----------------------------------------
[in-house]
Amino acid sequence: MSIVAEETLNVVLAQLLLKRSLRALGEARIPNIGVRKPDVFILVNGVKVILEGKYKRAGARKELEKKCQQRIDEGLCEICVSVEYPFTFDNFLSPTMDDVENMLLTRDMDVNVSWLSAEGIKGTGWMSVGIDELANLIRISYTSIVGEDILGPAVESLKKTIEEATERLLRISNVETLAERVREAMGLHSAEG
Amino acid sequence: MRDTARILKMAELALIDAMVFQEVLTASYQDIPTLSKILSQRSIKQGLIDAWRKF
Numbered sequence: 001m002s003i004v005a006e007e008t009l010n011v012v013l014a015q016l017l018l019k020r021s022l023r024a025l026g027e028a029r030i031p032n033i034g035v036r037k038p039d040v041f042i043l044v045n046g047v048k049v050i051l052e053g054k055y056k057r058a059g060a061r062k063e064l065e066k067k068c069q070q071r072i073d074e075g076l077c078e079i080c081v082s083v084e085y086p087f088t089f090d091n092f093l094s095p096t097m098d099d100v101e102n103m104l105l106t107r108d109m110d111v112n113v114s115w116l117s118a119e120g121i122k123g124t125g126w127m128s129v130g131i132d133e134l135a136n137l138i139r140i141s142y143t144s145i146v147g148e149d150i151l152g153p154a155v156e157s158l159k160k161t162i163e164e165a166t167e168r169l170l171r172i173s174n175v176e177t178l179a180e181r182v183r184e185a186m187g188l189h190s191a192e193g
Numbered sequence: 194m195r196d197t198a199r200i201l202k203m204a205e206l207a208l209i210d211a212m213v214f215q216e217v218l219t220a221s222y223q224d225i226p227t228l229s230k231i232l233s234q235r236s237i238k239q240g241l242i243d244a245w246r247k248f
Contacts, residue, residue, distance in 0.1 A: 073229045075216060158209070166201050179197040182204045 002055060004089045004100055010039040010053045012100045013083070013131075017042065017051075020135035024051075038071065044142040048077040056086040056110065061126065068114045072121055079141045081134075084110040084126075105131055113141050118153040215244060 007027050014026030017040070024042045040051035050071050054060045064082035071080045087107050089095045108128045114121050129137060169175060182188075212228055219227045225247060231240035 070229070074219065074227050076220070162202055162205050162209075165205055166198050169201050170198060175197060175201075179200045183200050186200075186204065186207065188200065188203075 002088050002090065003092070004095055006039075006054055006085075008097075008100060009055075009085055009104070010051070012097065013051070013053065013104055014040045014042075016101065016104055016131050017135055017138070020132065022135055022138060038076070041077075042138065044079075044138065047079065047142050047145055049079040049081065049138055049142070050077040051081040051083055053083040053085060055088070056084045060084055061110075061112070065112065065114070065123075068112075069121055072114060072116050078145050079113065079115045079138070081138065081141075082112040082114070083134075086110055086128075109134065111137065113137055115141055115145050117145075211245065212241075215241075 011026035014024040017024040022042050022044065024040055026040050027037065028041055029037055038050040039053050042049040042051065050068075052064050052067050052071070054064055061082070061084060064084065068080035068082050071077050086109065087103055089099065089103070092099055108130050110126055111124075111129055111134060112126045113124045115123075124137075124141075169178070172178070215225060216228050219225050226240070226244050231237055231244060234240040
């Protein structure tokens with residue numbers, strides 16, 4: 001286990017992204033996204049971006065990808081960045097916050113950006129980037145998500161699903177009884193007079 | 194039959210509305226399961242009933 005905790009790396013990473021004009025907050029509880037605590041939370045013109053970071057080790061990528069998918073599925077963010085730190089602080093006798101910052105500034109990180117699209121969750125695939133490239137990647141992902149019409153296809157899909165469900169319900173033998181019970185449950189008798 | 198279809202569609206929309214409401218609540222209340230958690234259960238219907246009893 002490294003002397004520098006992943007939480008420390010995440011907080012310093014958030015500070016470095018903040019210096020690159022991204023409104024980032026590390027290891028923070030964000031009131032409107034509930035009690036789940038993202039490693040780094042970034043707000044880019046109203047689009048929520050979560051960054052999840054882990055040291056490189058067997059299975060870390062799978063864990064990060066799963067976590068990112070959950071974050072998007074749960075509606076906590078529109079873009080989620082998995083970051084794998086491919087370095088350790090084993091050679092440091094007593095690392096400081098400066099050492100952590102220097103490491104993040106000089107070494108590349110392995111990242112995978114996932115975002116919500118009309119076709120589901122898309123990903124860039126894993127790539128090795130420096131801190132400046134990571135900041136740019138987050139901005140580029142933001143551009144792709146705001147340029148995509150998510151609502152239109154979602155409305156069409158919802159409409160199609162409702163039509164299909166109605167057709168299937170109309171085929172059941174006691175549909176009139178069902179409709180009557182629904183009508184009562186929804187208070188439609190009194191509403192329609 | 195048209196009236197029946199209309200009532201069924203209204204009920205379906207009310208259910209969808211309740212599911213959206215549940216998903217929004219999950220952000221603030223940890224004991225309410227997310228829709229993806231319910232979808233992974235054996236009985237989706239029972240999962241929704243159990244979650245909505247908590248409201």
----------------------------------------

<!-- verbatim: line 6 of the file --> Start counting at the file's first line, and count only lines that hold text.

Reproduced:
Contacts, residue, residue, distance in 0.1 A: 073229045075216060158209070166201050179197040182204045 002055060004089045004100055010039040010053045012100045013083070013131075017042065017051075020135035024051075038071065044142040048077040056086040056110065061126065068114045072121055079141045081134075084110040084126075105131055113141050118153040215244060 007027050014026030017040070024042045040051035050071050054060045064082035071080045087107050089095045108128045114121050129137060169175060182188075212228055219227045225247060231240035 070229070074219065074227050076220070162202055162205050162209075165205055166198050169201050170198060175197060175201075179200045183200050186200075186204065186207065188200065188203075 002088050002090065003092070004095055006039075006054055006085075008097075008100060009055075009085055009104070010051070012097065013051070013053065013104055014040045014042075016101065016104055016131050017135055017138070020132065022135055022138060038076070041077075042138065044079075044138065047079065047142050047145055049079040049081065049138055049142070050077040051081040051083055053083040053085060055088070056084045060084055061110075061112070065112065065114070065123075068112075069121055072114060072116050078145050079113065079115045079138070081138065081141075082112040082114070083134075086110055086128075109134065111137065113137055115141055115145050117145075211245065212241075215241075 011026035014024040017024040022042050022044065024040055026040050027037065028041055029037055038050040039053050042049040042051065050068075052064050052067050052071070054064055061082070061084060064084065068080035068082050071077050086109065087103055089099065089103070092099055108130050110126055111124075111129055111134060112126045113124045115123075124137075124141075169178070172178070215225060216228050219225050226240070226244050231237055231244060234240040